Agent Board Mulls State of the Business

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NEW ORLEANS -- Still smarting from the latest airline commission cuts, nine agents who gathered here for Sonesta Hotels & Resorts' advisory board meeting talked about shifting business to hotels and cruises, abandoning retail space, creating niches and charging fees.

"What bothers all of us is the airlines' attitude," said Ron Hersh of Columbus, Ohio-based World of Travel. "Not only are they not going to do anything to assist you, they're working against you. The most common scenario: Someone wants to make an adjustment to their ticket, and, of course, the airline said no. Then the client goes out to the ticket counter and [the airline will change it for them]."

Barbara Leddy of Suburban Travel in Milburn, N.J., said she had a family of eight cancel a flight to Orlando, Fla., when one of the kids became sick. "At $50 per ticket, it was going to cost her $400 to exchange these tickets," she said, "and the new tickets were going to be more expensive. So I said to them, 'Why don't you take these tickets to the airport and see what they'll do for you.' They went to the airport, saved the $400 and didn't pay the increase because for two-and-a-half hours they sat with this guy who didn't know what he was doing. The moral of the story is, make sure you go to a different airline agent each time because you'll get a different answer each time."

"Our credibility is on the line," said Carol Schwartz of CMR Travel Corp. in Hartsdale, N.Y. "That's the sad part about it. You're doing your client a favor [by sending them to the airport], but in the future they're going to say, 'Why do I need an agent?' "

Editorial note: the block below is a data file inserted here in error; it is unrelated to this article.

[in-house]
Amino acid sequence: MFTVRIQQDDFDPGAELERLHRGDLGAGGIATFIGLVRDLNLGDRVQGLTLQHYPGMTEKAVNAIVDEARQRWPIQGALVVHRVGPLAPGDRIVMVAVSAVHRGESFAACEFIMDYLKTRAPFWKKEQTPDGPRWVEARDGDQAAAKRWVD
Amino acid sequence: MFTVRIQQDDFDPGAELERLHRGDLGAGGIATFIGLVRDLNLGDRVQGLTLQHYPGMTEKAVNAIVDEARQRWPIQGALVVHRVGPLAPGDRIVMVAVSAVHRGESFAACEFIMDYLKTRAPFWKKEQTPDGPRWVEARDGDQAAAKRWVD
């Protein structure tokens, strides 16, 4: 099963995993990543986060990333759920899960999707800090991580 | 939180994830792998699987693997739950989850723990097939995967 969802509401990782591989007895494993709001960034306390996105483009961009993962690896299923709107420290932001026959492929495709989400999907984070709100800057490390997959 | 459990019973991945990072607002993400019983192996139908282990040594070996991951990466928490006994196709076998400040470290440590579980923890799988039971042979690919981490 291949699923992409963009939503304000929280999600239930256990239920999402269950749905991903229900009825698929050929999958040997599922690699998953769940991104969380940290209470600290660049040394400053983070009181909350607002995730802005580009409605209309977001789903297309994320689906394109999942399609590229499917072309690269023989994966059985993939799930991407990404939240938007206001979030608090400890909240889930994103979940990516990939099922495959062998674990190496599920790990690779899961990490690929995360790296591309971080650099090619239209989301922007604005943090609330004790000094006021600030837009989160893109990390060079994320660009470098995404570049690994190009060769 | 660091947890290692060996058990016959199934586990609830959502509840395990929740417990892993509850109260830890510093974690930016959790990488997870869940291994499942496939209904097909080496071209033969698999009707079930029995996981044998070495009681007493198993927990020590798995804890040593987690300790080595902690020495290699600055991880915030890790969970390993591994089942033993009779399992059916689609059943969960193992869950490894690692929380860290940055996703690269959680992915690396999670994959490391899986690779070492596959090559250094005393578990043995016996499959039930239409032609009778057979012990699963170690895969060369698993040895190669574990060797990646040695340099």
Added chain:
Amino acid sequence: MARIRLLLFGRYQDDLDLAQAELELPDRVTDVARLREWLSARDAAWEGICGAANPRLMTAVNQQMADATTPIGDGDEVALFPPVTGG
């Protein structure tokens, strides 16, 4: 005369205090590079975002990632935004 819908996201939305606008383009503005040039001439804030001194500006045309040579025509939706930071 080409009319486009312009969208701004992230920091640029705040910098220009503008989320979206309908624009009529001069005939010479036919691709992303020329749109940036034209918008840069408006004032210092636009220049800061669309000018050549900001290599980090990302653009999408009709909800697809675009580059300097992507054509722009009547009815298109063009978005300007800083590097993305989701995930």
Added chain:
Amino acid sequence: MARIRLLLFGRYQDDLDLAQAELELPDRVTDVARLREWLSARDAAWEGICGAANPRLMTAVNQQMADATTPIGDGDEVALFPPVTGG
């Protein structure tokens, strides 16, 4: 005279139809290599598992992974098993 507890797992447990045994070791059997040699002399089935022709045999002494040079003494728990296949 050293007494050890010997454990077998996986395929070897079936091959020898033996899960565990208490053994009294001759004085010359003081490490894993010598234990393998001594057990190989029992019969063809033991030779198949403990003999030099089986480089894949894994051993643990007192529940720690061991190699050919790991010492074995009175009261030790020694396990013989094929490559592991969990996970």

Clients don't need agents to sell them air anymore, said Debbie Tucker of Travel Designs by Debbie in St. Petersburg, Fla. "It's on the Internet, it's direct from the airlines," she said. "We short-change ourselves by selling air and not concentrating on hotels, cruise lines and tours. This is where they still need us -- to plan their vacations."

Tucker left her agency last fall to create a business focused on high-end leisure clients who literally can call her at any hour. (See sidebar below.) Spending time with everyone who called or walked in the door didn't work, she said. "In Florida, I'm dealing with many retired people who have all day," she said. "We used to serve coffee and cookies every Friday. That was the biggest disaster! We got rid of the couch and easy chairs and we put in these ugly, straight-back chairs that are so uncomfortable. You have to look at your client base and find the 10% that [provide] 90% [of your revenue] and weed out the rest. How many of us have clients who spend a half-hour on the phone with us because they want that $119 airline ticket?"

Paul Stalbaum of Stalbaum Travel in Bala Cynwyd, Pa., has a different philosophy. "Even though it might not be cost-effective, if someone calls or walks in and wants an airline ticket, we'll [book it for them] in anticipation that they'll be happy with the service and come to us to book their vacations and cruises," he said. Stalbaum said the airline cuts have forced his company to create new avenues. "We've started a couple of specialized divisions for certain types of travelers. One is a program for learning-disabled adults.

"It's been successful so far -- we do about 50 of these groups a year."

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A New Way to Do Business

NEW ORLEANS -- Debbie Tucker discovered a new way to do business. She left the St. Petersburg, Fla., agency she had co-owned for 11 years and started working from home last fall, taking calls from clients at all hours any day of the week. She'll meet clients at a restaurant or arrange travel for clients she has never met but with whom she communicates by e-mail.

"Most people don't have time to come into an agency between 9 and 5," and weekends are when "you'll get the clients with money to spend," she said.

Free from the administrative work of running an agency, she has time to surf the Net for three or four hours each day, creating itineraries and searching out hotel packages. Some clients want to do their own Web surfing, but they still need an agent to sift through their choices, she said.

She doesn't charge fees, and her policy is to never put a client on hold.

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